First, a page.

Whether an epic classic, a swooning romance, or a thrilling mystery, all novels share a common structure. A novel should follow an outline that includes a developed main character, a conflict, a pivotal event and some sort of resolution that either will conclude the story or lead to a following novel. When developing an outline for your novel, start with a vague summary and fill in details as you revisit the overall main idea and main goal of the hero.
First, summarize your novel in one sentence, including the main character and the focus of the novel. Then, create a summary paragraph that includes the main character, the conflict and the climax and resolution. After you have a summary paragraph, map out your novel into chapters and briefly summarize each chapter with an idea of the plot progression as well as the development of the main character. Some novelists suggest beginning at the end and working backward. If you know how your novel will end, you can work your way back to the beginning and fill in the events that will lead to the final outcome.
A novel is essentially the story of a main character. As a writer, you must know who he is and what he wants. Describe the main character like you would describe a close friend, beginning with the most important aspects of physicality and personality. Then, identify how the main character would act and respond. Consider who the main character is and what the main character wants. Knowing what the main character wants will help you guide the pursuit of it. You must decide if the main character will get what he or she wants -- and if so, how.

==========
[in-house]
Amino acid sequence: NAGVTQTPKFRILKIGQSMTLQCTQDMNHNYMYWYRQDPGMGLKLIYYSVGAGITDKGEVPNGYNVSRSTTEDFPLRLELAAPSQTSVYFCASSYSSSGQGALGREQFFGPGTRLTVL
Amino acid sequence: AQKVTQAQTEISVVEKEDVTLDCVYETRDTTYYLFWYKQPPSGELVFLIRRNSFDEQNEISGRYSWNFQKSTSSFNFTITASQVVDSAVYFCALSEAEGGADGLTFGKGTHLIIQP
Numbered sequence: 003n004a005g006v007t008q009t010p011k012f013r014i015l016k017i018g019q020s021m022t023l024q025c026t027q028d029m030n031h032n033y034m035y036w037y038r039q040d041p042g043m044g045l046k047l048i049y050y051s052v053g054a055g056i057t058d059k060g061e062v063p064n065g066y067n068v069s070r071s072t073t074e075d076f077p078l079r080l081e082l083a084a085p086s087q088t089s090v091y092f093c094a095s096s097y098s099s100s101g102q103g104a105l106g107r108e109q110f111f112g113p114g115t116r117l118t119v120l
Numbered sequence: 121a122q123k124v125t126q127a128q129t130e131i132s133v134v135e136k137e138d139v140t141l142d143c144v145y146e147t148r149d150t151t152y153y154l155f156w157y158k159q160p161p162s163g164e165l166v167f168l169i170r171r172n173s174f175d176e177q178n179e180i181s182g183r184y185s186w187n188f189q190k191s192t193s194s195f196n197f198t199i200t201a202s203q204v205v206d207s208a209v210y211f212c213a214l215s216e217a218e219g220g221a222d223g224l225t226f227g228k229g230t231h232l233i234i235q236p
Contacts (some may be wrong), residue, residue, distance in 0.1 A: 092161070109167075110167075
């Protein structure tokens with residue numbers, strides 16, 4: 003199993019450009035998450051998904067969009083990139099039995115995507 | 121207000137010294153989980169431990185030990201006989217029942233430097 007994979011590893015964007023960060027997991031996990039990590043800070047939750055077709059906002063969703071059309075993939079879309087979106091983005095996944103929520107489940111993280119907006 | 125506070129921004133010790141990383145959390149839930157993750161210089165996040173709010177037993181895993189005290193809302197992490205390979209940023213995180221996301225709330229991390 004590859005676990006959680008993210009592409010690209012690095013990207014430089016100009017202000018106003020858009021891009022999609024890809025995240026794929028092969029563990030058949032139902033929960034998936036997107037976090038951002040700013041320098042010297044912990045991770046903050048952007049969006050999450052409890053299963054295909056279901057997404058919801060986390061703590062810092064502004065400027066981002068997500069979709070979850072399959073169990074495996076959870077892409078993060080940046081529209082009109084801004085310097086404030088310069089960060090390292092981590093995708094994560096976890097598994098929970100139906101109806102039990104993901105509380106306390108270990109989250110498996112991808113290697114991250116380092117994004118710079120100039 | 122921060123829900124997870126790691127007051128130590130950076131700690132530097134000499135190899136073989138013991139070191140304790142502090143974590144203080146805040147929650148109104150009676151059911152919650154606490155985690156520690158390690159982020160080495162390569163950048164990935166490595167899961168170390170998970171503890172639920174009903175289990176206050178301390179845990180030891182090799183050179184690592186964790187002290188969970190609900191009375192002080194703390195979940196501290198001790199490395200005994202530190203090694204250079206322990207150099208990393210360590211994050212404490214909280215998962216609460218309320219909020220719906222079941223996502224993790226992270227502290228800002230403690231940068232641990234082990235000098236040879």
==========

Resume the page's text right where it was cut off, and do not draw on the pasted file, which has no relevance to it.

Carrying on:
The main character can develop only when faced with a complication, and a novel would be boring and meaningless if it just chronicled random events in which all goes well. After you identify what the main character wants, identify what will stand in the way and include the obstacle in your summary statement. There may be many challenges, and these can be addressed in your chapter summaries, but these minor challenges will occur as the main character attacks the main obstacle. Knowing your character's personality will allow you to build the story around how she responds to each challenge.
Climax and Resolution
The plot progresses as the main character faces the conflict until the action reaches its climax, the pivotal moment when the main character faces the greatest, most challenging event and overcomes it. The climax also may be where any secrets are revealed and any related story lines are brought together. If you decide to begin with the end of the story and work backward, you may choose to tie in several story lines that lead to the same final event. When sketching the first outline, decide what the climax of the story will look like, where it will be and how the main character will respond. The main character's response will guide the resolution.
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